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Quote:
Originally Posted by Simes View Post
Hi Shamrock838,

As you seem to be looking for a reference tool of some sort, a book?

Possibly the very best is published by Adlard Coles and is "Heavy Weather Sailing"

Gives advice on preparation, organisation and survival of heavy weather in sailing, power and multihulls.

A truly excellent book.

Simes

Simes,

I checked out two editions at the local libraries. Much to read and learn. Thanks for the tip.

shamrock838
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Old 28-01-2010, 22:51   #13
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Originally Posted by Hud3 View Post
I don't know of any reference exclusively for dealing with squalls.

From my experience sailing in the tropics, where squalls can be common, I second Dave's advice. I'd add that when maneuvering to avoid a squall, try to stay away from the front side (the side on the direction in which the squall is moving). That's where the gusts are strongest due to downdrafts, and the chance of micro-bursts exists. The winds on the back side are usually light and variable.

If the squalls weren't too strong and gusty, we'd sail in front of them on purpose to get a lift, and to avoid the dead air behind the cell.
Hud,

thanks for your input and the links.

shamrock838
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Old 28-01-2010, 22:53   #14
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It does not exist.

I wrote an article in 2006 for cruising world on squalls, http://www.bethandevans.com/pdf/squalls.pdf, and did some research about prior material and there is not so much.

Squalls by definition are short duration. That tends to make them less dangerous (until you get to tornado type conditions) than sustained strong conditions, because the real danger at sea is from waves not wind. The waves don't build up in squalls and you can be safe by just dropping your sails.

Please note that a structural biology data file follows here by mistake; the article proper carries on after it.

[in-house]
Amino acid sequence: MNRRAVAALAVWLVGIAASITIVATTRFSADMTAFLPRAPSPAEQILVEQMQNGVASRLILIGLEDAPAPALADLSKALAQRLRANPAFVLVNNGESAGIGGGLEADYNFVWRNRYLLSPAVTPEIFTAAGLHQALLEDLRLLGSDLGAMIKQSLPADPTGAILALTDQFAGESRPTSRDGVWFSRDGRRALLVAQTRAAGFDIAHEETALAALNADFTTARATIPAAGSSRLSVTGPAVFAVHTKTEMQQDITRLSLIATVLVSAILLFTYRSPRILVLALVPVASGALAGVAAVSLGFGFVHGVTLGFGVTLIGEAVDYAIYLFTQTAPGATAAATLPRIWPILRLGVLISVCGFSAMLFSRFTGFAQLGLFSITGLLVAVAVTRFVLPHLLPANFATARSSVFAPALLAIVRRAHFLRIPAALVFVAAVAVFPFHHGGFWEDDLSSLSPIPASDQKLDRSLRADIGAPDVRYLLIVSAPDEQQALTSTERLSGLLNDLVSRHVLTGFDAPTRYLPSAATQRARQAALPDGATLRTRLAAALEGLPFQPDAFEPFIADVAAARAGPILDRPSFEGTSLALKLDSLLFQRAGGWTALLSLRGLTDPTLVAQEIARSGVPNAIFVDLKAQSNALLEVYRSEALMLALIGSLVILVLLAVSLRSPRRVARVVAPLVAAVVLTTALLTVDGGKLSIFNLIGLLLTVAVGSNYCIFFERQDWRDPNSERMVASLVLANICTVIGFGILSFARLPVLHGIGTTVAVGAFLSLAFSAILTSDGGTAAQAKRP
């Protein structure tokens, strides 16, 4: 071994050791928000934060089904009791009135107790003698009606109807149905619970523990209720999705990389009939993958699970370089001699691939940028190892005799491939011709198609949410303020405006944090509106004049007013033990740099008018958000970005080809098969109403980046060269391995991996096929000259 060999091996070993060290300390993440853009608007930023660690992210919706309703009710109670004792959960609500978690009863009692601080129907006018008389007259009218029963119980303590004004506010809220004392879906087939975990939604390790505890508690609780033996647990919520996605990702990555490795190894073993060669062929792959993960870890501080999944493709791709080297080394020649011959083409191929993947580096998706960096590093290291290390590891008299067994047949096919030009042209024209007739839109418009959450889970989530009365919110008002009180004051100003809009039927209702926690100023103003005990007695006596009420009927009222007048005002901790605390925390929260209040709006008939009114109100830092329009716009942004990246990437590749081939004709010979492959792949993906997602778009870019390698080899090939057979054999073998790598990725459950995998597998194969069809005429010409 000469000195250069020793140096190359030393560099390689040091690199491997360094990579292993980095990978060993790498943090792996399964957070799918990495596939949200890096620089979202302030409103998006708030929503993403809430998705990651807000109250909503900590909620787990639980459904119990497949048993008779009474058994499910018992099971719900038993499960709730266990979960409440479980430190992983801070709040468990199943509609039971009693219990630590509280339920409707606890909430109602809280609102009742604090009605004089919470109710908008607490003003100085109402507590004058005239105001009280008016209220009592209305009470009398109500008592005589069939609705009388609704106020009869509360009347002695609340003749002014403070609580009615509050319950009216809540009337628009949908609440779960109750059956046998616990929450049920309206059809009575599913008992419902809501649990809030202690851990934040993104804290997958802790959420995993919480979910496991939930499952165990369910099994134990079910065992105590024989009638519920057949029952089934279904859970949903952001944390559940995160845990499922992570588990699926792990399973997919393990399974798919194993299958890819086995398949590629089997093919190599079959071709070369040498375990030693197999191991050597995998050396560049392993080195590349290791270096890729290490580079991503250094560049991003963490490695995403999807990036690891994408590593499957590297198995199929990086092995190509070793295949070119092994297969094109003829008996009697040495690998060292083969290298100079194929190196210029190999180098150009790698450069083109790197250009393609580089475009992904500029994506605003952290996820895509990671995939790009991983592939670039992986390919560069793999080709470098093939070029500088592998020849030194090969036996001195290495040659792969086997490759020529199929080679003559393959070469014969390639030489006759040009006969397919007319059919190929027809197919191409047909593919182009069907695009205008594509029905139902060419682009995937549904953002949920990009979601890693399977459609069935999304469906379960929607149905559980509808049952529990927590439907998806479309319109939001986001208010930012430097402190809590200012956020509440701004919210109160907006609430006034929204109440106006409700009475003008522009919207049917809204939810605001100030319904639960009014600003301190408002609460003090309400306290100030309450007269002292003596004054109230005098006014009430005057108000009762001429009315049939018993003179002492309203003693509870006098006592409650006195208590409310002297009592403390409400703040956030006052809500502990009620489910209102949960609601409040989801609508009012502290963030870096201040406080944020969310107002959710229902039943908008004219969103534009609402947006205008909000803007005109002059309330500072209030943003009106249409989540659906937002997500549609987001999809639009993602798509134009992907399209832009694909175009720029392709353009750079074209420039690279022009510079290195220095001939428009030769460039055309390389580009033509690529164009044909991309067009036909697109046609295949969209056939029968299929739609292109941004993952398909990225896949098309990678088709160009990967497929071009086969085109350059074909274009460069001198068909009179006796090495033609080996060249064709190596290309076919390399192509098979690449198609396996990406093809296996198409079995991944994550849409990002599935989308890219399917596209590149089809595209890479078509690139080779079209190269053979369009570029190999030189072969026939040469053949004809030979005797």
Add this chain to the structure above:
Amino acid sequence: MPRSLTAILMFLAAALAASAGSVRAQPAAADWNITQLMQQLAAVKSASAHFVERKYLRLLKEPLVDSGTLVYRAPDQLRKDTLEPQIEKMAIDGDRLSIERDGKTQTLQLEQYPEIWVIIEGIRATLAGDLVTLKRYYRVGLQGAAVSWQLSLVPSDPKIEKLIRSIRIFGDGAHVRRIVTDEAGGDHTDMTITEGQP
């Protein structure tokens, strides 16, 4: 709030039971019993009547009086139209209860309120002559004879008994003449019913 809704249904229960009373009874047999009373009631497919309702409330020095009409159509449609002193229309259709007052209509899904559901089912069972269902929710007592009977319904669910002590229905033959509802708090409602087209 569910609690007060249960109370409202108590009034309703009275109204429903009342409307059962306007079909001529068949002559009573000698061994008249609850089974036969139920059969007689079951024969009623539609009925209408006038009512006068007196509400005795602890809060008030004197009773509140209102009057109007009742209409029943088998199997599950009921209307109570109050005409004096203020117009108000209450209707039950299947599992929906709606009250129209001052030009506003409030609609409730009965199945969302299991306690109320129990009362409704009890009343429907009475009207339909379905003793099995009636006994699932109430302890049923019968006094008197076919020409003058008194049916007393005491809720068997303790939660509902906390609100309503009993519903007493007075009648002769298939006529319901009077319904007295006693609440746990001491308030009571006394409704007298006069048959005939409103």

Boats that get into trouble with squalls are those that don't reef proactively, that wait until the wind actually hits, and then it is often too late because the wind can come on very strong very quickly. There is a bit about that in an article I had published in 2001 Sail http://www.bethandevans.com/pdf/WhenReefing.pdf
Estarzinger,

Thanks for your input ... and especially the two .pdf's! First rate sources these. Much appreciated.

shamrock838
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Old 28-01-2010, 22:55   #15
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Originally Posted by Joli View Post
Some squalls you can miss others are simply too big and you have to plan accordingly. With radar it's not that big a deal, we've raced through many with sustained winds of 80 or so. It is generally less expensive to have a good chunk of you sail plan put away prior to the arrival of the squall.

Hard to miss one like this. You're gonna get pasted, just be ready before it arrives.

Joli,

Thanks for replying and especially the color radar capture. A picture really can speak volumes. Much appreciated.

shamrock838